IT contractors earn more despite Brexit vote
Survey: More IT contractors are better off after the vote to leave the EU
IT contractors' daily rates are growing even as Britain heads towards a hard Brexit, according to new research.
One in five contractors' rates are increasing, according to accountancy firm Nixon Williams' survey of 600 contractors that compared the first half of 2016 to the second half, after 23 June's vote to leave the EU.
Nixon Williams found that more rates are increasing than decreasing, with 20.5% seeing their rates rise compared to 16.6% whose rates fell post-June.
The 20.5% whose rates increased after the Brexit vote beats the 19.4% whose rates grew before it. The percentage of respondents whose rates fell after Brexit - 16.6% - was lower than before the referendum too, when it stood at 18.6%.
Derek Kelly, CEO of Nixon Williams, said: "The fear was that the EU referendum result would send the jobs market into a tailspin, and that contractors would be first to feel the pain. Even though IT is often regarded as a discretionary spend, technology is key to increasing worker productivity. In that respect, IT contractors are likely to find that demand for their skills holds up well this year."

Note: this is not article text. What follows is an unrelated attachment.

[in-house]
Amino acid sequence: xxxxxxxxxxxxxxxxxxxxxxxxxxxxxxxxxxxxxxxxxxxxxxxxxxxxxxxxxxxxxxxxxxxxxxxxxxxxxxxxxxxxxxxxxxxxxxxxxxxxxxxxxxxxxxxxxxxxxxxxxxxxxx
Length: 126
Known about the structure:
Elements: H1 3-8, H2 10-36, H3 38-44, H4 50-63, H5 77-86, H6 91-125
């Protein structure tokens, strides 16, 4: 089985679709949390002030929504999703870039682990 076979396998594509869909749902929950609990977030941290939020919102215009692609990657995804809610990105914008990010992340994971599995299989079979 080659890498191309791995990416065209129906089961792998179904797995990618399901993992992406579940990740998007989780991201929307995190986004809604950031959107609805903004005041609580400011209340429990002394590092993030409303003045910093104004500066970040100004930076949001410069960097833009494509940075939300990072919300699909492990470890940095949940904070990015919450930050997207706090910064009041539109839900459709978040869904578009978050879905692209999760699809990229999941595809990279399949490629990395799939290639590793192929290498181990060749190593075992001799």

The survey also found that just 30% of IT contractors were downbeat about the UK's prospects outside of the EU, with the vast majority optimistic or neutral about it.
Contractors seem to be faring better than full-time staff, with the UK's average engineering salary falling from 55,709 to 45,964 last October, according to figures from Balderton Capital.
"Employers are likely to be reticent to commit to permanent hires, and any business transformation projects related to Brexit will be of limited duration and require highly specialised skills, making them ideal for contractors," said Kelly.
The figures also come as public sector bodies prepare to crack down on those who will be affected by the HMRC's IR35 legislation, which seeks to tax contractors as full-time staff.
Public bodies will be responsible for enforcing IR35 among their contractors from next month, and it will target contractors who pay themselves through dividends via their own companies, thereby avoiding National Insurance payments. IR35 will tax them as regular employees, meaning they could lose up to 25% of their earnings.
But those with in-demand skills, like cybersecurity, can charge more to make up for the shortfall in earnings. Kelly added: "Skills shortages in this key area are predicted to worsen this year, which means that cybersecurity professionals are likely to see more frequent multiple contract offers and bidding wars for their skills."
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